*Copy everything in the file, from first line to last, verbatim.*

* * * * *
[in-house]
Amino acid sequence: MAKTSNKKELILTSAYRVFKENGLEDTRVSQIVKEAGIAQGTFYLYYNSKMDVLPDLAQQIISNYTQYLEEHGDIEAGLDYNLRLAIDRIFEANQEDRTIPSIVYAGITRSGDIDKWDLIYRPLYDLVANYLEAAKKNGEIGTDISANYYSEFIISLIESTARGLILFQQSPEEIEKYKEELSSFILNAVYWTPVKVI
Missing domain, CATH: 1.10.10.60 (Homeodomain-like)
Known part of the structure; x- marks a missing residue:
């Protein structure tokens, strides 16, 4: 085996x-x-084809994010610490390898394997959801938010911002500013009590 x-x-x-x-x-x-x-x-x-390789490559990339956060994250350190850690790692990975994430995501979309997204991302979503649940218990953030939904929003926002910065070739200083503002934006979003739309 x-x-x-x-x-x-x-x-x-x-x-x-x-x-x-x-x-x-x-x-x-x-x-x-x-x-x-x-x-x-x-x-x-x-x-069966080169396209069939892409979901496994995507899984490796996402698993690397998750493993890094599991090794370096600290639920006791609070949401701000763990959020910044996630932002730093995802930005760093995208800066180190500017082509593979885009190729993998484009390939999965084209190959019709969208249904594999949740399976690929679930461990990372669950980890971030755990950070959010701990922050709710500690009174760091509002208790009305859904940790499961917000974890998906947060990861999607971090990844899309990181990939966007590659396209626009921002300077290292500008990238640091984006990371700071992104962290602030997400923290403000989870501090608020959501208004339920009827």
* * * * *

[in-house]
Amino acid sequence: MAKTSNKKELILTSAYRVFKENGLEDTRVSQIVKEAGIAQGTFYLYYNSKMDVLPDLAQQIISNYTQYLEEHGDIEAGLDYNLRLAIDRIFEANQEDRTIPSIVYAGITRSGDIDKWDLIYRPLYDLVANYLEAAKKNGEIGTDISANYYSEFIISLIESTARGLILFQQSPEEIEKYKEELSSFILNAVYWTPVKVI
Missing domain, CATH: 1.10.10.60 (Homeodomain-like)
Known part of the structure; x- marks a missing residue:
């Protein structure tokens, strides 16, 4: 085996x-x-084809994010610490390898394997959801938010911002500013009590 x-x-x-x-x-x-x-x-x-390789490559990339956060994250350190850690790692990975994430995501979309997204991302979503649940218990953030939904929003926002910065070739200083503002934006979003739309 x-x-x-x-x-x-x-x-x-x-x-x-x-x-x-x-x-x-x-x-x-x-x-x-x-x-x-x-x-x-x-x-x-x-x-069966080169396209069939892409979901496994995507899984490796996402698993690397998750493993890094599991090794370096600290639920006791609070949401701000763990959020910044996630932002730093995802930005760093995208800066180190500017082509593979885009190729993998484009390939999965084209190959019709969208249904594999949740399976690929679930461990990372669950980890971030755990950070959010701990922050709710500690009174760091509002208790009305859904940790499961917000974890998906947060990861999607971090990844899309990181990939966007590659396209626009921002300077290292500008990238640091984006990371700071992104962290602030997400923290403000989870501090608020959501208004339920009827």